Tue, Jan 16, 2007 - Page 7 News List

World News Quick Take

AGENCIES

■ Vanuatu

Aussie con man arrested

A convicted Australian con man wanted in two South Pacific nations has been detained by police for allegedly entering Vanuatu illegally, police said yesterday. Peter Foster, who has served fraud-related jail terms in Australia, Britain and the US, was arrested early on Sunday and was likely to be charged with immigration offenses, according to Police Superintendent Willie Ben Kalo. He faces a jail term and a hefty fine if convicted. A magistrate ordered Foster to remain in custody until his bail hearing on Thursday. Authorities in neighboring Fiji are also expected to seek the 44-year-old's extradition. He is wanted in Fiji for alleged shady deals surrounding a resort development and immigration violations.

■ India

Bathing day attracts millions

Hundreds of Hindu holy men, naked but for the ash smeared on their bodies and an occasional marigold garland, led a sea of humanity to the waters of the Ganges River yesterday to wash away their sins at the apex of a weekslong pilgrimage. By midmorning yesterday some 3 million people had immersed themselves in the waters near the north Indian city of Allahabad, said festival organizer P.N. Mishra, adding that the number was expected to top 5 million by the end of yesterday -- declared a "royal bathing day" by astrologers and the most auspicious of the 45-day long Ardh Kumbh Mela festival.

■ Germany
Anti-corruption measures

The Justice Ministry plans to propose tougher legislation to fight corruption in the wake of a series of scandals that have shaken leading businesses, including Siemens AG. Under the proposed legislation, prosecutors would be able investigate and charge not only Germans but other Europeans who are involved in bribe-taking in the country, the Justice Ministry said, confirming a report in Sunday's edition of Der Spiegel weekly. The ministry said it is still working on finalizing the legislation and expects to bring it before the government in the first part of this year.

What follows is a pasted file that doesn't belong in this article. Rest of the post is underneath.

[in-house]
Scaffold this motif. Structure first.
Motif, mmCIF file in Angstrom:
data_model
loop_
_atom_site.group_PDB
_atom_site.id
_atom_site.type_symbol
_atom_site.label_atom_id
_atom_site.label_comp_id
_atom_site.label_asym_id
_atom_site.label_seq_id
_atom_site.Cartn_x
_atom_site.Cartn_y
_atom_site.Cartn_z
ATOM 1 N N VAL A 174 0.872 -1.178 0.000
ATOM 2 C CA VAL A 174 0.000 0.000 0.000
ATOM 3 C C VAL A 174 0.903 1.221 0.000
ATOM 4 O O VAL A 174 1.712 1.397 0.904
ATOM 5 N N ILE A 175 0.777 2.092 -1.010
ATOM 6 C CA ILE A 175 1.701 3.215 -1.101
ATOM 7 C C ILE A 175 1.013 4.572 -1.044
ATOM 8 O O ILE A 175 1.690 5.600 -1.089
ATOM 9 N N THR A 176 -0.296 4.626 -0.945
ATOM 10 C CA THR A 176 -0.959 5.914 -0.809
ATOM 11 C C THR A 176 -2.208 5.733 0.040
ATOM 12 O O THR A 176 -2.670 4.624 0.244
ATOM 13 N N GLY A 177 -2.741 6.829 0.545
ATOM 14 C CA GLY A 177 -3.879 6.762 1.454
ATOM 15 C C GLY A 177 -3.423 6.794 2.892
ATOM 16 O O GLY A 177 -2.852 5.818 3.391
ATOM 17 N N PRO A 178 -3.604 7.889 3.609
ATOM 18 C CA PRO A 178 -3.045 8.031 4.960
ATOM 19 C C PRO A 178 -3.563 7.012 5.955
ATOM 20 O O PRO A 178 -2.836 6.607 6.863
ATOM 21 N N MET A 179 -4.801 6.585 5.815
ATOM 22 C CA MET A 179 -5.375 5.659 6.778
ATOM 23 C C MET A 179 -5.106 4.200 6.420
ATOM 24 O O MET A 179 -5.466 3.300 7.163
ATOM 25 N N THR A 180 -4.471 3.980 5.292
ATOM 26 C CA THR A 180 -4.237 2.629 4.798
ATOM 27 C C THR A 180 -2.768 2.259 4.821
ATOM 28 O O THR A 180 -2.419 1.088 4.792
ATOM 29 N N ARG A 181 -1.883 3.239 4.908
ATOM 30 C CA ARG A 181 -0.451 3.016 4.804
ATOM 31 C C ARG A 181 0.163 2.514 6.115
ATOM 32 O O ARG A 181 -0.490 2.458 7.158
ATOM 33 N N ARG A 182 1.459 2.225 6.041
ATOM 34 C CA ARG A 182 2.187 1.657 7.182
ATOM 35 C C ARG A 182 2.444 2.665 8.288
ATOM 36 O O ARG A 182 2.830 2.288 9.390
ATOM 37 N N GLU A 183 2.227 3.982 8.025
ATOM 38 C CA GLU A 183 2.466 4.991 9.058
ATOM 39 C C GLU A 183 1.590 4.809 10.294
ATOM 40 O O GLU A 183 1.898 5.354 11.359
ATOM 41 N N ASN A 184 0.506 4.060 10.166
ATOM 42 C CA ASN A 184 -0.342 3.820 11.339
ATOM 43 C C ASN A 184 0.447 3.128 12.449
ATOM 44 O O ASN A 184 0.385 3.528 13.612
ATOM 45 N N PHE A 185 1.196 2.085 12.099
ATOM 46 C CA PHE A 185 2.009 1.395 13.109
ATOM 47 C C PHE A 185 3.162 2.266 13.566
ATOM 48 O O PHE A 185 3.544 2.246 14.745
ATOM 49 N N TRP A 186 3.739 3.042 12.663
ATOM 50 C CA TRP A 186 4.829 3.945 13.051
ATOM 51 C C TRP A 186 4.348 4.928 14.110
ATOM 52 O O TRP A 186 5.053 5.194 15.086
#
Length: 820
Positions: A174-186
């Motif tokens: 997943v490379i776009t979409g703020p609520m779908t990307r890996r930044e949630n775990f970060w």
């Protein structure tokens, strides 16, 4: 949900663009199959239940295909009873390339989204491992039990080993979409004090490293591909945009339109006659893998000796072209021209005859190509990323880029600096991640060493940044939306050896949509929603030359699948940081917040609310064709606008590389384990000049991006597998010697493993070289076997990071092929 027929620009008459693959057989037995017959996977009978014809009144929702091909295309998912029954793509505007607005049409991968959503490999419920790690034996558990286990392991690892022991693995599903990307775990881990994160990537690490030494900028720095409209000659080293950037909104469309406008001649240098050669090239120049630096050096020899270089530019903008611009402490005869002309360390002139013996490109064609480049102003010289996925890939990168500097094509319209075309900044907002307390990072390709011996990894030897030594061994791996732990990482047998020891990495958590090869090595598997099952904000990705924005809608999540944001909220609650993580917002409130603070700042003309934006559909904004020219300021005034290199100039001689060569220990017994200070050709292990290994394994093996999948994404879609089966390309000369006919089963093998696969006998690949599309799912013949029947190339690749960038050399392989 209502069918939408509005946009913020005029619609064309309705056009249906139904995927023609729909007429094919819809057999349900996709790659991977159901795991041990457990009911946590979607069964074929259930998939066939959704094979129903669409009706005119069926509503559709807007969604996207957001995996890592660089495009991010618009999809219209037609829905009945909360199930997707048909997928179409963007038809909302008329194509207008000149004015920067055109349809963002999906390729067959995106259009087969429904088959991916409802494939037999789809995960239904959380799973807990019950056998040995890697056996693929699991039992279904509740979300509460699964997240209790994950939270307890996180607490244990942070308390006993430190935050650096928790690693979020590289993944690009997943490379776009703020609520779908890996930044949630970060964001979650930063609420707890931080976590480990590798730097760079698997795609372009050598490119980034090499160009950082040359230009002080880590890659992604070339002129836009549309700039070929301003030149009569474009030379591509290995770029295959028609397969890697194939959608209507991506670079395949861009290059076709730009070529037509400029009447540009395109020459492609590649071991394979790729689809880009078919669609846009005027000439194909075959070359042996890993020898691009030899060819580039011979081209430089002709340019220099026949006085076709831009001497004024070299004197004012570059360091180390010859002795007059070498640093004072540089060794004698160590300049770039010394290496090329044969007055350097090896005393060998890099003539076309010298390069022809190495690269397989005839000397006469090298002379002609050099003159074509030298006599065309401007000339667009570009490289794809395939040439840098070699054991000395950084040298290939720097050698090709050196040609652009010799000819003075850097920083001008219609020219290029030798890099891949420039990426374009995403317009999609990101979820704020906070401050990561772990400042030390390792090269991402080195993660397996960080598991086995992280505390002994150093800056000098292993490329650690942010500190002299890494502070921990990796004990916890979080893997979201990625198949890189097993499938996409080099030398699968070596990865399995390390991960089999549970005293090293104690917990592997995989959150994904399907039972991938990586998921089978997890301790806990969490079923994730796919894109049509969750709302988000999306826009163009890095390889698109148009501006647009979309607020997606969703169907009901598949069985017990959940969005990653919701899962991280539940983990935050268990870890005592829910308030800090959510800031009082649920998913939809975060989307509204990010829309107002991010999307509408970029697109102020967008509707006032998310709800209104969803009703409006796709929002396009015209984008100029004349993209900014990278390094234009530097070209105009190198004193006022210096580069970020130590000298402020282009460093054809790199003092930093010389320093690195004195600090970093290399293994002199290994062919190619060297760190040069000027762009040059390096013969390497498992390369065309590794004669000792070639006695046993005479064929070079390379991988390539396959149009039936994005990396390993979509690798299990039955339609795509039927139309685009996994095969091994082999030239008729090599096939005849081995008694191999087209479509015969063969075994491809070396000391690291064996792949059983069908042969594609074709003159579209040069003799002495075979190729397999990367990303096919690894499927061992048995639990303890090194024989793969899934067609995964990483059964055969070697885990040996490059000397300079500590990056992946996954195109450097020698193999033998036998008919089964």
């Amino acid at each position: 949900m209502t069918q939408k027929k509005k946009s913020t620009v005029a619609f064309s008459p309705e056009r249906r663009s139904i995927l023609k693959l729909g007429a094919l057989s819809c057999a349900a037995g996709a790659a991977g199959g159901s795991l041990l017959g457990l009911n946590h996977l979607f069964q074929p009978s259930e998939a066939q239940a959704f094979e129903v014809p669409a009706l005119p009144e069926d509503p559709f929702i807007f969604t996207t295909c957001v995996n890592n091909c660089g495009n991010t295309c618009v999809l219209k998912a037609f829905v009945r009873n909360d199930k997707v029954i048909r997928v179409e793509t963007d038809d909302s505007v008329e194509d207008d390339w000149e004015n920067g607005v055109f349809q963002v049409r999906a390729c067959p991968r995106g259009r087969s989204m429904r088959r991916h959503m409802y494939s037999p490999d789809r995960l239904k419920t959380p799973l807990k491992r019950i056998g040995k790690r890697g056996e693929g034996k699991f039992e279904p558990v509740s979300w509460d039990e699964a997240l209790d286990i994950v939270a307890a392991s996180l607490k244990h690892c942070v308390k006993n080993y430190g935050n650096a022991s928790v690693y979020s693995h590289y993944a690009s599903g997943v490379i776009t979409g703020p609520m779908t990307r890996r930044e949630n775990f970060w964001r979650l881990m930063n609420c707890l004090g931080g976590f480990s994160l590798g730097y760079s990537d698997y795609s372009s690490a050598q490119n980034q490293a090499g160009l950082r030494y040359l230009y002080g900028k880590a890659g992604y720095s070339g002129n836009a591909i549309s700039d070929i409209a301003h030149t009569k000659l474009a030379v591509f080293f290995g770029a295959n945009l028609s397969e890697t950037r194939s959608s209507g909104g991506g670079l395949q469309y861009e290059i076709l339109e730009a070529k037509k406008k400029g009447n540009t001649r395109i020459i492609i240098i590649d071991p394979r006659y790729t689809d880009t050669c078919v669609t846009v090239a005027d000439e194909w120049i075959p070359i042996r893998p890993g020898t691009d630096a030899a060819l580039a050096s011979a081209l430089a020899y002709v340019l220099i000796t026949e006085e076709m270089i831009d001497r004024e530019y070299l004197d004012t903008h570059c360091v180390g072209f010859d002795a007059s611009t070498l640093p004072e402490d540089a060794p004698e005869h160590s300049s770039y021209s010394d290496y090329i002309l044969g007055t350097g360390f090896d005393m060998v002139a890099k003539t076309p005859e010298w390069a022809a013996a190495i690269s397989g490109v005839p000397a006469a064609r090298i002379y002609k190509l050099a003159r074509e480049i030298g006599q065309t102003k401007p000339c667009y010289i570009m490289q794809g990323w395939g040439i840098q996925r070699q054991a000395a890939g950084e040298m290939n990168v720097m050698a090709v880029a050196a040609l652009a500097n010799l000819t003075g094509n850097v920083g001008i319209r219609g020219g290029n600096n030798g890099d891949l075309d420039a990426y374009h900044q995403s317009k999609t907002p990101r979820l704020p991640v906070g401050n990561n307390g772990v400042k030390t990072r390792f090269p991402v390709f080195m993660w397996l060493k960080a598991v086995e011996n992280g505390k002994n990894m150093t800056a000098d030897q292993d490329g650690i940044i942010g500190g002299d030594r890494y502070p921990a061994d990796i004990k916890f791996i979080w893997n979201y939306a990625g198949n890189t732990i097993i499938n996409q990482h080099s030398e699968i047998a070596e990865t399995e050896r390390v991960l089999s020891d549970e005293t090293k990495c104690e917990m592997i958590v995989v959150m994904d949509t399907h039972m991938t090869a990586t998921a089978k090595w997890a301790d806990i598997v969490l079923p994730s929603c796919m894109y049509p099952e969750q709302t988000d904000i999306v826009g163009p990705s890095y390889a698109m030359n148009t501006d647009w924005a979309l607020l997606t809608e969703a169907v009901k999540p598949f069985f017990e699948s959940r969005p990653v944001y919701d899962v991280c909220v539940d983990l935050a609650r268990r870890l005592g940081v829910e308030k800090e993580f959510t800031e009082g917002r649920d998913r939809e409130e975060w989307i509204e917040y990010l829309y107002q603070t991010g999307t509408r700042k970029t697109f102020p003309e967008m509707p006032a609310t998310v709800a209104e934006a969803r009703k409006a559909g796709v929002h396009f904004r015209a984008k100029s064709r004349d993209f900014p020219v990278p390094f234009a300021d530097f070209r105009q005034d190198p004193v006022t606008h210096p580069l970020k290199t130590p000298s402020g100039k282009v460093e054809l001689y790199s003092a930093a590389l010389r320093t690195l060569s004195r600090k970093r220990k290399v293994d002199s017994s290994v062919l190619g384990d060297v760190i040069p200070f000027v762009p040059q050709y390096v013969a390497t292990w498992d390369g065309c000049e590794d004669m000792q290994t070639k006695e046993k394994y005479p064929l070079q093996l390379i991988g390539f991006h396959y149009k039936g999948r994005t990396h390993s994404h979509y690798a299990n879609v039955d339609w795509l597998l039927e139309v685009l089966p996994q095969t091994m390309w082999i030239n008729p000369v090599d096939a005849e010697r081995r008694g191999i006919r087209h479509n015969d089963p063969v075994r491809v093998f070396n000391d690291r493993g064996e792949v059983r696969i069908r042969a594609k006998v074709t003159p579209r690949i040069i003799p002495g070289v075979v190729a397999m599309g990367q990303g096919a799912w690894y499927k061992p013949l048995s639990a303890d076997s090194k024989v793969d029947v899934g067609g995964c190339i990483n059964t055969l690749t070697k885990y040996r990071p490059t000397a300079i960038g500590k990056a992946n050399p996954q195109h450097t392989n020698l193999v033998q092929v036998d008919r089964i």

■ Diplomacy

France sought union

France's government proposed forming a union with Britain in 1956, and also discussed joining the Commonwealth, the British Broadcasting Corp (BBC) reported yesterday. Citing documents in the National Archives, the BBC said then French prime minister Guy Mollet discussed the possibility of a merger between both countries with then British prime minister Sir Anthony Eden. That discussion came on Sept. 10, 1956 when Mollet visited London, but Eden rejected the idea of a union, the BBC said. At the time, France was smarting over the loss of the Suez Canal and by Egyptian support for separatists in Algeria, and was trying very hard to get British assistance in responding, the BBC reported.

■ United Kingdom

Government reviews files

The government said on Sunday it was ordering a review of all criminal databases after acknowledging that files on hundreds of criminals were not entered into police computers. The government insists the gaffe did not lead to any violent or sexual offenders being cleared to work with vulnerable people, such as children. But a British Sunday newspaper reported that at least one violent offender convicted abroad had committed murder on his return to Britain. A Home Office spokesman said Home Secretary John Reid, the country's top law-and-order official, was writing to Cabinet colleagues to get agreement for a review of British criminal databases and the way information was shared between them.

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